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The Hungry and the Fat

The Hungry and the Fat

By the author of Look Who’s Back, a radical and bold satire in inequitable times.

REFUGEE CAMPS IN AFRICA ARE SWELLING

And Europe has closed its borders. The refugees have no future, no hope, and no money to pay the vast sums now demanded by people smugglers. But what they do have is time.

AND THEN AN ANGEL ARRIVES FROM REALITY T.V.

When German model and star presenter Nadeche Hackenbusch comes to film at the largest of the camps, one young refugee sees a unique opportunity: to organise a march to Europe, in full view of the media. Viewers are gripped as the vast convoy moves closer, but the far right in Germany is regrouping and the government is at a loss. Which country will halt the refugees in their tracks?

THE HUNGRY AND THE FAT

A devastating, close-to-the-knuckle satire about the haves and have-nots in our divided world by one of Europe’s finest and most perceptive writers, in which an outlandish conceit follows a kind of impeccable logic to a devastating conclusion.


Translated from the German by Jamie Bulloch


(P) 2020 Quercus Editions Limited
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Genre: Fiction & Related Items / Modern & Contemporary Fiction (post C 1945)

On Sale: 23rd January 2020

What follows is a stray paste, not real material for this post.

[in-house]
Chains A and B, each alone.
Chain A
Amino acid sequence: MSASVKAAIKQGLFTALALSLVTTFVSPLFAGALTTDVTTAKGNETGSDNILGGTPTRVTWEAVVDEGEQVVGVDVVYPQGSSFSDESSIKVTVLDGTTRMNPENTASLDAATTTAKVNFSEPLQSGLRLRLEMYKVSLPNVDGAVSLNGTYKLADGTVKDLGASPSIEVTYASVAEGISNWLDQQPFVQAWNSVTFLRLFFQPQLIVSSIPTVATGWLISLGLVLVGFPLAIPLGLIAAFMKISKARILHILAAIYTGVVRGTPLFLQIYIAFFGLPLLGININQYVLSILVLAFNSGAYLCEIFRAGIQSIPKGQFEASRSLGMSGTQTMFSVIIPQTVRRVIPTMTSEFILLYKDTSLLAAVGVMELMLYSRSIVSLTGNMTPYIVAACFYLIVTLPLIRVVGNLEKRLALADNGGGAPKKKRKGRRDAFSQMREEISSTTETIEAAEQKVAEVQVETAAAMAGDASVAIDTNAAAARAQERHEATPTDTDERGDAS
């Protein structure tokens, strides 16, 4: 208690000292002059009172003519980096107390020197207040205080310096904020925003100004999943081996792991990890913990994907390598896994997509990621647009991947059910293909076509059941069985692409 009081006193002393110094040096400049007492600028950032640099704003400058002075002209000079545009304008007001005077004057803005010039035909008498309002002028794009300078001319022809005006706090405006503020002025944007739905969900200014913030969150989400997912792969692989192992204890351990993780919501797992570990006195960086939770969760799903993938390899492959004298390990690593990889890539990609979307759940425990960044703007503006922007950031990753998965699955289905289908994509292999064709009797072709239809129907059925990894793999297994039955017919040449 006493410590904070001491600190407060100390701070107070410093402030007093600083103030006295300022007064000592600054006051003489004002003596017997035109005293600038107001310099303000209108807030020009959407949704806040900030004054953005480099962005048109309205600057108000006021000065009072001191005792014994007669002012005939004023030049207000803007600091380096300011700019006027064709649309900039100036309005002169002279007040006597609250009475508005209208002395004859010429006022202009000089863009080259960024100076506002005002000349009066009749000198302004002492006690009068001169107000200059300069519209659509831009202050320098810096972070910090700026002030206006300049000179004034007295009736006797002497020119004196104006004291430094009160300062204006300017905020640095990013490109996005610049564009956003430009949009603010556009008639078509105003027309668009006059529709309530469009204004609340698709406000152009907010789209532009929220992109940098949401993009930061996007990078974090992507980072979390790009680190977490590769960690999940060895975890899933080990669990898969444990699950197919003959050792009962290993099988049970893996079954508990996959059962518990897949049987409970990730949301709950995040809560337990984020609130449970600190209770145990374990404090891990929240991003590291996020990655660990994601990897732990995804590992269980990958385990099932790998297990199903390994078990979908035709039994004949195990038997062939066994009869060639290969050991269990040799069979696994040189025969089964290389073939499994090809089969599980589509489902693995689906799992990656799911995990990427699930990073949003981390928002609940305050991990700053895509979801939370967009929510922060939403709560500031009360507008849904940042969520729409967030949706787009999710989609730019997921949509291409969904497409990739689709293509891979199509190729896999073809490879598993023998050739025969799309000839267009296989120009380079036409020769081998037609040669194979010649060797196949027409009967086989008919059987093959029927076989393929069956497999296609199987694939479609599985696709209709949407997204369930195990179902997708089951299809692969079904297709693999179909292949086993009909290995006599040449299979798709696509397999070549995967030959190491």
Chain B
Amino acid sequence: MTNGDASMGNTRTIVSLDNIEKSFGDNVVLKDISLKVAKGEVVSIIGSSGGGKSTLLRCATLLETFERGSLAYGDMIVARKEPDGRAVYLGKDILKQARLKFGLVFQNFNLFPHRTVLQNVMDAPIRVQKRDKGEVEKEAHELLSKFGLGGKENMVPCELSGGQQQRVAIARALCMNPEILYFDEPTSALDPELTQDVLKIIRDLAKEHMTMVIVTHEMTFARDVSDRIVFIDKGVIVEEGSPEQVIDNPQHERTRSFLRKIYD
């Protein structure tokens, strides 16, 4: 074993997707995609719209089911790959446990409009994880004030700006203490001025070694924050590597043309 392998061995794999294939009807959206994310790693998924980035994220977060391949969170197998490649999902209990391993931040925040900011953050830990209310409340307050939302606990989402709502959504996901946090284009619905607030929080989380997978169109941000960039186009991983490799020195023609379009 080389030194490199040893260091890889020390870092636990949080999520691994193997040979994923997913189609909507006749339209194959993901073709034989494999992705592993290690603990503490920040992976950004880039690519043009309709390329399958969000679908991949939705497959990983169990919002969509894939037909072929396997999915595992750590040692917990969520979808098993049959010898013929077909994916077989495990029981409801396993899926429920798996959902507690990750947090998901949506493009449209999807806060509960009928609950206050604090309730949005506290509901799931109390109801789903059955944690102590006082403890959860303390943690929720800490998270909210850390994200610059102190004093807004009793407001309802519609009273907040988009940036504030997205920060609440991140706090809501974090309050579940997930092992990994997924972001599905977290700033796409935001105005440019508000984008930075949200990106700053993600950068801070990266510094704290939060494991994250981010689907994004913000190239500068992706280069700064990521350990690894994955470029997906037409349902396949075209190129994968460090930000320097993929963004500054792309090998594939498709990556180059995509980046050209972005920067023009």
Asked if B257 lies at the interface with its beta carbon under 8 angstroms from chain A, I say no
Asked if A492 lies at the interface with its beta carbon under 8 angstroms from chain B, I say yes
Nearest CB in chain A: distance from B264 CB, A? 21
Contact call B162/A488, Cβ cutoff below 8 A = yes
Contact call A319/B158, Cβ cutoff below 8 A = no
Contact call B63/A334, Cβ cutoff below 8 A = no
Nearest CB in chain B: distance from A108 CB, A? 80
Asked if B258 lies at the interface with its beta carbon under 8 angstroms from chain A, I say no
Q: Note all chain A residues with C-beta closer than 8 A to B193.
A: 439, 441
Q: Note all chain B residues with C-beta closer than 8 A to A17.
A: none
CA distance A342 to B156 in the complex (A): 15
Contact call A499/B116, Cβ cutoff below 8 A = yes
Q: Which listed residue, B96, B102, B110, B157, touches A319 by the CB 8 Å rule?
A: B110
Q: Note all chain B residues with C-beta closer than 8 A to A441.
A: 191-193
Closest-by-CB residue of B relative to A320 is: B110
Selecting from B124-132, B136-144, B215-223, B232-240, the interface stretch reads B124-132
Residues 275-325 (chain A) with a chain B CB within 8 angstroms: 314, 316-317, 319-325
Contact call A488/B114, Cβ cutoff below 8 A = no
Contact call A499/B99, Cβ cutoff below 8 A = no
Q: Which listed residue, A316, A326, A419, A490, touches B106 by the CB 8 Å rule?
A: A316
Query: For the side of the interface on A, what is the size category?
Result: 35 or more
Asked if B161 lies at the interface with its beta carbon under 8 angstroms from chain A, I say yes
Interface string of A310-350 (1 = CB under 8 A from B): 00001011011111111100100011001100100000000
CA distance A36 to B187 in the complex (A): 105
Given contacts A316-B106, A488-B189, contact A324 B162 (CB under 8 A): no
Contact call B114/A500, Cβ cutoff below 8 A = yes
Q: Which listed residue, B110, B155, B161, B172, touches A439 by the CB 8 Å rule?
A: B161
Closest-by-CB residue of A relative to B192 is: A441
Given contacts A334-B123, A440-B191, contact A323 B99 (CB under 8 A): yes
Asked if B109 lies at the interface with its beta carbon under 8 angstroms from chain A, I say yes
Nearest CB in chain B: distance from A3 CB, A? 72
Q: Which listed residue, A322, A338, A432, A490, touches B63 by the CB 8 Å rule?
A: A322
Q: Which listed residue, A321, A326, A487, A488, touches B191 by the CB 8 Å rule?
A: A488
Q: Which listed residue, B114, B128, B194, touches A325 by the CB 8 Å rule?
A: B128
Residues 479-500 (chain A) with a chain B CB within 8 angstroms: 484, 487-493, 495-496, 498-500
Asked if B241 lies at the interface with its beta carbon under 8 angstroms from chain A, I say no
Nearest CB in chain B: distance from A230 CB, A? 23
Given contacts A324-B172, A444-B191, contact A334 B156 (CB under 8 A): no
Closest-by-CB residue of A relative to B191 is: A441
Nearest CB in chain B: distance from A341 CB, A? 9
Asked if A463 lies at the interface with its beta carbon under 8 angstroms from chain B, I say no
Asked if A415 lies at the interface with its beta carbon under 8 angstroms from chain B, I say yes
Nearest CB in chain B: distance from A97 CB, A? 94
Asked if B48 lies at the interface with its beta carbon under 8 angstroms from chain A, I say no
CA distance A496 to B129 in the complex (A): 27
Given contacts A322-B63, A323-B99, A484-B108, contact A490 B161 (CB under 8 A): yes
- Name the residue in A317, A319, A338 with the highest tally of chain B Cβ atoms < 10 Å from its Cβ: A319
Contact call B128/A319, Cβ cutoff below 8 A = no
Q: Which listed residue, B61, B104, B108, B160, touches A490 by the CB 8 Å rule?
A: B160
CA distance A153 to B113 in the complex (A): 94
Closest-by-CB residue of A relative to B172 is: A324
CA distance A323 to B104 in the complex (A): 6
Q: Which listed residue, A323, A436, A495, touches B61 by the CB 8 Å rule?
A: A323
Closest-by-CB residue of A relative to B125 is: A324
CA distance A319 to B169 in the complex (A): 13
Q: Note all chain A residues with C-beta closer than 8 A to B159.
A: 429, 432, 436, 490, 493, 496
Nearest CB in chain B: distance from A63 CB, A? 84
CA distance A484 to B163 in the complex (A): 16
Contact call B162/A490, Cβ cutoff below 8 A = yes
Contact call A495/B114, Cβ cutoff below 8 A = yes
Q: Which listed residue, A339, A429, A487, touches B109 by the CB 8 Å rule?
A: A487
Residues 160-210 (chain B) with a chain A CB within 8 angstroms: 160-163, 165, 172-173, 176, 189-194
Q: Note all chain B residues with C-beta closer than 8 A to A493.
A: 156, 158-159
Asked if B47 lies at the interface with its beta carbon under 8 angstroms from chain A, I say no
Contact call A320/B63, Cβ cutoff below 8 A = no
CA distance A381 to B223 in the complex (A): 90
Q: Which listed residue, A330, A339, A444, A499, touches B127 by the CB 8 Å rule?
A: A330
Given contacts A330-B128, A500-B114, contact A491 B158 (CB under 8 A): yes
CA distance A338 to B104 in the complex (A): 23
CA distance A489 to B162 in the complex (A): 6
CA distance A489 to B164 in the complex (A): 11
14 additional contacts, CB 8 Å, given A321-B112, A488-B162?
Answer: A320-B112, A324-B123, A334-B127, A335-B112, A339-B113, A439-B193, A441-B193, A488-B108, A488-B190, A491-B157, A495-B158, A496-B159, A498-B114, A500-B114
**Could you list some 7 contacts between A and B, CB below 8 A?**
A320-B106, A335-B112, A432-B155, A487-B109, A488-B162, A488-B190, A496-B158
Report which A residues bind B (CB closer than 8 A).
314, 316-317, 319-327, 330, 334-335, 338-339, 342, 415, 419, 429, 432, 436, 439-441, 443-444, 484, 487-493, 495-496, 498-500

Price: £19.99

ISBN-13: 9781529400540

Reviews

A great book: funny, wicked, tragic
Kester Schlenz, Stern
Bolder and funnier than Look Who's Back
Christoph Maria Herbst
Satirical, sharp, believable . . . Brilliant
Rick O'Shea, RTE
An outlandish, take-no-prisoners satire that skewers timid politicians, greedy TV executives, and the general public's thirst for global meaning disguised as entertainment. Its plotting is crisp, fast-moving, and entertaining.
Bookmunch
The prospect that nearly half a million people are going to show up at the German border becomes a real one. Can they be bought off? Sabotaged? Mowed down? Can a fence be built? Electrified? And how will all this play with the folks back home? The novel starts to acquire a deeply involving game-theoretical aspect . . . [W]ith whizz-bang energy and gleeful imaginative savagery. His achievement is to make this exodus, and the shaming hypocrisy of western reactions towards it, seem altogether plausible
Sam Leith, Guardian
Vermes' ingenuity keeps the pages turning . . . there are powerful insights into the lives and longings of refugees that make this more than mere satire. It's a book that engages deeply.
Alex Preston, Financial Times
An immensely enjoyable read
Daniel Hahn, Spectator